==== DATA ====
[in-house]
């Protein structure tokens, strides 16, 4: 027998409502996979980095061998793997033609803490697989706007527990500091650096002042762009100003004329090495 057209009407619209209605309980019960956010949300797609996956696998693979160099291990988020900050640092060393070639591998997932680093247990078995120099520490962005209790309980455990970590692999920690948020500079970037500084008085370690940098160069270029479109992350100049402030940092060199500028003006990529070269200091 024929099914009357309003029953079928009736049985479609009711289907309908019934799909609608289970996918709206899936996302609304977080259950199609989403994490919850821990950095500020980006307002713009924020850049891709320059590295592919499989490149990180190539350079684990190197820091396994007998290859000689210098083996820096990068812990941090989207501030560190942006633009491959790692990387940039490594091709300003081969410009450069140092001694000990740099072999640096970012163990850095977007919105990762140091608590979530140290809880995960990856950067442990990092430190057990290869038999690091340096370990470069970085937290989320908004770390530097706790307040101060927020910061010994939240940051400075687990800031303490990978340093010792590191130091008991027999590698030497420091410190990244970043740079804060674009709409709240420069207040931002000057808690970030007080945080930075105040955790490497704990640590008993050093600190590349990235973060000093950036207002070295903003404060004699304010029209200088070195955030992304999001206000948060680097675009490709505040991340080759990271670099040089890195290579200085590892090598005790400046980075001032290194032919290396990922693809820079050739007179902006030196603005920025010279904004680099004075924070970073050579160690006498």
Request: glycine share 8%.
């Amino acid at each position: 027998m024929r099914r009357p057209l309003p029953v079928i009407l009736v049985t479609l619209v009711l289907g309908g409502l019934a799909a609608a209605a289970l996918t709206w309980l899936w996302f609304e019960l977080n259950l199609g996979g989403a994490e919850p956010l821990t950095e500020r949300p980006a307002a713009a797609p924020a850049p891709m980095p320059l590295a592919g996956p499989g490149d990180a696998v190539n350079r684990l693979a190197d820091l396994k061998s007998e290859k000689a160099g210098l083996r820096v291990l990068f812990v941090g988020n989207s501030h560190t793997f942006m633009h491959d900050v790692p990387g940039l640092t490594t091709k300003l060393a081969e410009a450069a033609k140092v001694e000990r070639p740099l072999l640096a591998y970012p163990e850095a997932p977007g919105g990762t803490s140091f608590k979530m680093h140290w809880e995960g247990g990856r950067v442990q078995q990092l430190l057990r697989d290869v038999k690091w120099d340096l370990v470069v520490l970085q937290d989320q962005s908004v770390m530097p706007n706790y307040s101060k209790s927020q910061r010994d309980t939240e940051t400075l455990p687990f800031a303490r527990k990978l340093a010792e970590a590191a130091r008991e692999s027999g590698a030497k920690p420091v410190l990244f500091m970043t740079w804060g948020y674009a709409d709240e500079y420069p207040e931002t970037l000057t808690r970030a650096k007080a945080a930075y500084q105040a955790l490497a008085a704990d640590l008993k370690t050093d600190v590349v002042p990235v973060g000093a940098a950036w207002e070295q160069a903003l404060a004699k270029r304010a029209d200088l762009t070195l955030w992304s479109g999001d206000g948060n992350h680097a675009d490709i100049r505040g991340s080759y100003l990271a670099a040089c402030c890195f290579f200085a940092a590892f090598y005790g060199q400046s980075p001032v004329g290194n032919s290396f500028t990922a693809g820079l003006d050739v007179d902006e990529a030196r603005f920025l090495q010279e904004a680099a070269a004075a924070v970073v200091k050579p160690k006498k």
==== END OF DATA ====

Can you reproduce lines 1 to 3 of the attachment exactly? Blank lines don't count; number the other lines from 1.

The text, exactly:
[in-house]
């Protein structure tokens, strides 16, 4: 027998409502996979980095061998793997033609803490697989706007527990500091650096002042762009100003004329090495 057209009407619209209605309980019960956010949300797609996956696998693979160099291990988020900050640092060393070639591998997932680093247990078995120099520490962005209790309980455990970590692999920690948020500079970037500084008085370690940098160069270029479109992350100049402030940092060199500028003006990529070269200091 024929099914009357309003029953079928009736049985479609009711289907309908019934799909609608289970996918709206899936996302609304977080259950199609989403994490919850821990950095500020980006307002713009924020850049891709320059590295592919499989490149990180190539350079684990190197820091396994007998290859000689210098083996820096990068812990941090989207501030560190942006633009491959790692990387940039490594091709300003081969410009450069140092001694000990740099072999640096970012163990850095977007919105990762140091608590979530140290809880995960990856950067442990990092430190057990290869038999690091340096370990470069970085937290989320908004770390530097706790307040101060927020910061010994939240940051400075687990800031303490990978340093010792590191130091008991027999590698030497420091410190990244970043740079804060674009709409709240420069207040931002000057808690970030007080945080930075105040955790490497704990640590008993050093600190590349990235973060000093950036207002070295903003404060004699304010029209200088070195955030992304999001206000948060680097675009490709505040991340080759990271670099040089890195290579200085590892090598005790400046980075001032290194032919290396990922693809820079050739007179902006030196603005920025010279904004680099004075924070970073050579160690006498």
Request: glycine share 8%.